Whilst not unique to Frenchies they are known to suffer more than other breeds. This will usually display in red/raw patches often around their paws. Also it can show through watery eyes, ear infections or sneezing. If you suspect allergy issues it is best to discuss with a vet around possible treatments.
Brachycephalic Airway Syndrome (BAS)
Due to their short snouts it can lead to issues around their breathing. This usually results in snoring and noisy breathing. It can however lead to retching, regurgitaion and vomiting and it certainly lowers their tolerance to heat. Due to this it’s best to ensure they are not over exposed to heat as this can quickly turn into heat stroke due to their inability to cool themselves quickly.
Skin Fold Dermatitis
Whilst we love their wrinkles and skinfolds it can lead to issues within these folds. It is important these areas are checked for redness and sores, you will usually see your Frenchie attempting to lick/scratch any irritated areas.
Due to the shape of the French Bulldog they can have issues in keeping their ears clean. Often these areas become breeding grounds for bacteria. In order to clean them the first rule is not to put anything inside the ear, this often just compacts any dirt within the ear. It is best to use an ear cleaner to break down the dirt.
As a result of the eyes standing more predominately on their face they are at risk of eye issues. They can also be born with small amounts of tissue sticking out of their eye. If you notice this or any redness/lumps around the eye your best bet is a trip to the vet.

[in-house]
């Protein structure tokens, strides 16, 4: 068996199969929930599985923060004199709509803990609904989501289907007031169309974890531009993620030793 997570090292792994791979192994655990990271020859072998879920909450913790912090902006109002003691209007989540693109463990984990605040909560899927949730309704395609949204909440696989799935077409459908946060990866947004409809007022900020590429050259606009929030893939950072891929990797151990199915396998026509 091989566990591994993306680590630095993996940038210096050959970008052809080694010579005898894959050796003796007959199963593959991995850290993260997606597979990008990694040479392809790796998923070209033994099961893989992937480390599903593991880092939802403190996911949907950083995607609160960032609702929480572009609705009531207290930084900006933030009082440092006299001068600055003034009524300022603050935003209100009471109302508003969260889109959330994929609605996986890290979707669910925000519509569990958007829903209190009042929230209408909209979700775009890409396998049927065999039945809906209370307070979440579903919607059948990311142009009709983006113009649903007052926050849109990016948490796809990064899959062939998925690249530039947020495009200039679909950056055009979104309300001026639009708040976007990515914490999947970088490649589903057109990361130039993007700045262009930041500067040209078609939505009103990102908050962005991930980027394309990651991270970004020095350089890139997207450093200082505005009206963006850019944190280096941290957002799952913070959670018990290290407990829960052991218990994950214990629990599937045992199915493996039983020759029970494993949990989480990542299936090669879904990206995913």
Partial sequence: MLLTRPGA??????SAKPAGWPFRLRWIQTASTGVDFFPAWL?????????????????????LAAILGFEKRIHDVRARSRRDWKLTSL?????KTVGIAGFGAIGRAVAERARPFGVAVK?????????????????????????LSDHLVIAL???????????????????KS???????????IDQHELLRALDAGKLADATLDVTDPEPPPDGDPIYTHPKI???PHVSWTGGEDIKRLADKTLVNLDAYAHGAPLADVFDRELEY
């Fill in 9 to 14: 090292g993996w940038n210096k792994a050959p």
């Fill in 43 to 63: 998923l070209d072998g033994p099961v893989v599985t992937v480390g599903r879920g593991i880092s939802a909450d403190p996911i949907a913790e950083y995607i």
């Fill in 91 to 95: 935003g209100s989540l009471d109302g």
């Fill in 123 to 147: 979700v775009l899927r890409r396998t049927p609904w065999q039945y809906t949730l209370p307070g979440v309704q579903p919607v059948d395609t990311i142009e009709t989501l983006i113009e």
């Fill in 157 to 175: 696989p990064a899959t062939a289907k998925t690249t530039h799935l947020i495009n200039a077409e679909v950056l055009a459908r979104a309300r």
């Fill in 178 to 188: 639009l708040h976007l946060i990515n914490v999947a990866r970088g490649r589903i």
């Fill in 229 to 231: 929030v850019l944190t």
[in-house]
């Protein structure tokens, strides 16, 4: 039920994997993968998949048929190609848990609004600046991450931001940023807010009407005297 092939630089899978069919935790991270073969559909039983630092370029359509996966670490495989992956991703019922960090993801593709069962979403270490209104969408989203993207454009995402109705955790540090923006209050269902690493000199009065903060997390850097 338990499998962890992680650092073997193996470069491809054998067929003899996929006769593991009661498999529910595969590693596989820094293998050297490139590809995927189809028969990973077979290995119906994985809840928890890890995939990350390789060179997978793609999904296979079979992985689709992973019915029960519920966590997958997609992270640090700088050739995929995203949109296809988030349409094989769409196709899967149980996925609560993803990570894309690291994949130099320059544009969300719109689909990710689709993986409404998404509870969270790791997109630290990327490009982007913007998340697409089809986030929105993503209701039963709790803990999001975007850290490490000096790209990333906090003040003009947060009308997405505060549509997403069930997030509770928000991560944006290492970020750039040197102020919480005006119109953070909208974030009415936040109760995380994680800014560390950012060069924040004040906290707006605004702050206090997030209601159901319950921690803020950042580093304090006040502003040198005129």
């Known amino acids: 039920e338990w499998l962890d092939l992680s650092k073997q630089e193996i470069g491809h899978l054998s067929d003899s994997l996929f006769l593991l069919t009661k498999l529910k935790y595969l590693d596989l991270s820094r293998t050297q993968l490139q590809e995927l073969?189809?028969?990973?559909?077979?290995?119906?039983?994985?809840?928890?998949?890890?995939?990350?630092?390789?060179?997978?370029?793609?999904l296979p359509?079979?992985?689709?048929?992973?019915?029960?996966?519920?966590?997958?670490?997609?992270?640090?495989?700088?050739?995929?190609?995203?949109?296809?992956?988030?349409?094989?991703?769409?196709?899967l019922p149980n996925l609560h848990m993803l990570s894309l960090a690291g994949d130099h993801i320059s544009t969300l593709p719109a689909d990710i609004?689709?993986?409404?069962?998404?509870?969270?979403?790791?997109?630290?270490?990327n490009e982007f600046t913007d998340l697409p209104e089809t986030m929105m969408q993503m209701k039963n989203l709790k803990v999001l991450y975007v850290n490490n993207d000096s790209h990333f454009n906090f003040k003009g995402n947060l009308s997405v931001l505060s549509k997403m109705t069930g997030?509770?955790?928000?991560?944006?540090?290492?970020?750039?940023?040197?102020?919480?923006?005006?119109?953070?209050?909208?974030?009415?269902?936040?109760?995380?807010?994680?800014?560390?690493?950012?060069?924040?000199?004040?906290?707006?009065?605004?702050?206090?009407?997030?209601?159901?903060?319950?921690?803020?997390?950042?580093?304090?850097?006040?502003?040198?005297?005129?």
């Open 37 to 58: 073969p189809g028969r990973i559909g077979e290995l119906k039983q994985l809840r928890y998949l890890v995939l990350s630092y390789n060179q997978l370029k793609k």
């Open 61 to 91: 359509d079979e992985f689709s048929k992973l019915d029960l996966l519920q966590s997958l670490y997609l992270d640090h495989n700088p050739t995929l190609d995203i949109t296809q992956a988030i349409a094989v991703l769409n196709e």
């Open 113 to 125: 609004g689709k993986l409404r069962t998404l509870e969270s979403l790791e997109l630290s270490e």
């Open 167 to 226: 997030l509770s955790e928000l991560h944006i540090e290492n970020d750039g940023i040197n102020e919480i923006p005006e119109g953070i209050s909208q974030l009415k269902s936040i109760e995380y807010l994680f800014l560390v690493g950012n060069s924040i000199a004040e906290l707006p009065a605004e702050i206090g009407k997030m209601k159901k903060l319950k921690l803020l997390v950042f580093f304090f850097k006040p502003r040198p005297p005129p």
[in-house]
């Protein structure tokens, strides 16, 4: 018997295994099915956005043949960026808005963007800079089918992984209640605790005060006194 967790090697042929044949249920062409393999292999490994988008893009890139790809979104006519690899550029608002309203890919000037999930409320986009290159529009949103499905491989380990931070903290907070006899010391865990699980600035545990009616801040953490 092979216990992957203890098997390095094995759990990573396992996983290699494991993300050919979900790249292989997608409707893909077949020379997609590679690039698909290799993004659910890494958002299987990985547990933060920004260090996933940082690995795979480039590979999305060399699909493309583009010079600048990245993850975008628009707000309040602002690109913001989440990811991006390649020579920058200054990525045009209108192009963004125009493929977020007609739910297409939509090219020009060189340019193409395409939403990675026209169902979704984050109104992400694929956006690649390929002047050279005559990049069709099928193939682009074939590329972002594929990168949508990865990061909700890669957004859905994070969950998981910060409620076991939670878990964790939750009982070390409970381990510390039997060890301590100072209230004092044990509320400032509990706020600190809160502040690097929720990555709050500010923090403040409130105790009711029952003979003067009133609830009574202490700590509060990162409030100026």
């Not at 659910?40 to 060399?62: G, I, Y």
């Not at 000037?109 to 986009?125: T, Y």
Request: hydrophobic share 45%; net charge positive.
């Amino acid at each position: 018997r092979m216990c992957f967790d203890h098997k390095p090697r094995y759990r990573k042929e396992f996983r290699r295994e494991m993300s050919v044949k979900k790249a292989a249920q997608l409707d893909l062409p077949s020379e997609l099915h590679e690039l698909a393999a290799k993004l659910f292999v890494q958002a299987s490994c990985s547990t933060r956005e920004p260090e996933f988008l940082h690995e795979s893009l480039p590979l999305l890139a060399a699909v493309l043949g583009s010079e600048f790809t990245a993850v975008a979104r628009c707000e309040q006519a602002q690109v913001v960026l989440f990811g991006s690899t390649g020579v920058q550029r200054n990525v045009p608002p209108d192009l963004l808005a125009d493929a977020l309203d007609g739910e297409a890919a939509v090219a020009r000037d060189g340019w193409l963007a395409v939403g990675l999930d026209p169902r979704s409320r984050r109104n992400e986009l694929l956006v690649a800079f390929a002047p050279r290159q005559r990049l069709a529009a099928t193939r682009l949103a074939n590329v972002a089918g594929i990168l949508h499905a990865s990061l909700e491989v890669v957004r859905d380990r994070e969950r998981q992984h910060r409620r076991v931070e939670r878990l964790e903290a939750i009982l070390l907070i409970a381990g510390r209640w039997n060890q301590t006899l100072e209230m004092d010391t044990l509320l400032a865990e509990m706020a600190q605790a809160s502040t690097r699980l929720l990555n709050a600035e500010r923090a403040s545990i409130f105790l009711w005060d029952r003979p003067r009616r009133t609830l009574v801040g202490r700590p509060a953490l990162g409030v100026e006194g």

Back and Spine issues
Unfortunately it is more common in Frenchie’s for them to have issues around their back and necks. This often results in back pain and sometimes slipped discs. Often these issues will display themselves later in life and it is best to consult a vet.
How Much is a Blue Merle French Bulldog?
With the Blue color being a recessive trait it does not appear naturally very often. However due to targetted breeding programs it is now more common and whilst more expensive not overly so. The Merle pattern despite being a dominant trait is also uncommon. This is due to a number of reasons but mainly due to the health concerns surrounding it.
Due to the rarity of both Blue and Merle you would expect any Blue Merle to come at a higher price than a regular Frenchie. However this isn’t the case due to many being aware of the Merle health risks. If you are looking for a dog to breed I would recommend avoiding a Merle due to the complications that could be had with potential Double Merle offspring.
Are Blue Merle French Bulldog’s recognised by the AKC?
Neither Blue or Merle are recognised by the AKC as an official French Bulldog color. By extension this means that the Blue Merle is also unrecognised. This is due to differing reasons.
Blue is designated as a Fad color for the French Bulldog. Whilst this term is often used with regards to fashion as something that will pass it means something slightly different in dogs. A color is often referred to as a Fad when it offers no benefit to the overall breed either in Health or Temperament. The Dilution gene which leads to Blue coloring is also linked with increased health issues around the skin.
Merle is disqualified due to it’s long list of health concerns. Breeding Merles is often frowned upon due to there being no reason to do so on health grounds. Whilst there is still debate about health concerns of single Merles in French Bulldogs there is the risk of Double Merles. Due to this they are not recognised and are very unlikely to be recognised in the future.